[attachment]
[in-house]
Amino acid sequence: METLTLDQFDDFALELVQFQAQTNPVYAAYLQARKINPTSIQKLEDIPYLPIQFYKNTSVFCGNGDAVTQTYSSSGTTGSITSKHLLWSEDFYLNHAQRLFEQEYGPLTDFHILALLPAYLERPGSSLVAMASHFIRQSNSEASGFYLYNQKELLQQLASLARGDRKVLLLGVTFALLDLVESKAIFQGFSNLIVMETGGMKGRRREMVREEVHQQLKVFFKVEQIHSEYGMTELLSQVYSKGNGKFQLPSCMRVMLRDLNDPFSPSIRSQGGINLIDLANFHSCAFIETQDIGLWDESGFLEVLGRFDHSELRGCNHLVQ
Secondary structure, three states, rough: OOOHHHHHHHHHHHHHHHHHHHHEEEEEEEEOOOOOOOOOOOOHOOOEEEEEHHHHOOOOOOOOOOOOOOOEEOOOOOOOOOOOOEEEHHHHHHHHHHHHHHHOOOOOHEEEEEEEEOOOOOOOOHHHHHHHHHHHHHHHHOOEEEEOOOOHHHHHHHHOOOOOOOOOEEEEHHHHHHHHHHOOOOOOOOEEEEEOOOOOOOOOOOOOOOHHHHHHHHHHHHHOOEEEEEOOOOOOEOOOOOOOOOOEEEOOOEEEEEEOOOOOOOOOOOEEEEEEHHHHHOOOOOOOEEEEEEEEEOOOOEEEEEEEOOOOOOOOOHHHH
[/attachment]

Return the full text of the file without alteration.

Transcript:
[in-house]
Amino acid sequence: METLTLDQFDDFALELVQFQAQTNPVYAAYLQARKINPTSIQKLEDIPYLPIQFYKNTSVFCGNGDAVTQTYSSSGTTGSITSKHLLWSEDFYLNHAQRLFEQEYGPLTDFHILALLPAYLERPGSSLVAMASHFIRQSNSEASGFYLYNQKELLQQLASLARGDRKVLLLGVTFALLDLVESKAIFQGFSNLIVMETGGMKGRRREMVREEVHQQLKVFFKVEQIHSEYGMTELLSQVYSKGNGKFQLPSCMRVMLRDLNDPFSPSIRSQGGINLIDLANFHSCAFIETQDIGLWDESGFLEVLGRFDHSELRGCNHLVQ
Secondary structure, three states, rough: OOOHHHHHHHHHHHHHHHHHHHHEEEEEEEEOOOOOOOOOOOOHOOOEEEEEHHHHOOOOOOOOOOOOOOOEEOOOOOOOOOOOOEEEHHHHHHHHHHHHHHHOOOOOHEEEEEEEEOOOOOOOOHHHHHHHHHHHHHHHHOOEEEEOOOOHHHHHHHHOOOOOOOOOEEEEHHHHHHHHHHOOOOOOOOEEEEEOOOOOOOOOOOOOOOHHHHHHHHHHHHHOOEEEEEOOOOOOEOOOOOOOOOOEEEOOOEEEEEEOOOOOOOOOOOEEEEEEHHHHHOOOOOOOEEEEEEEEEOOOOEEEEEEEOOOOOOOOOHHHH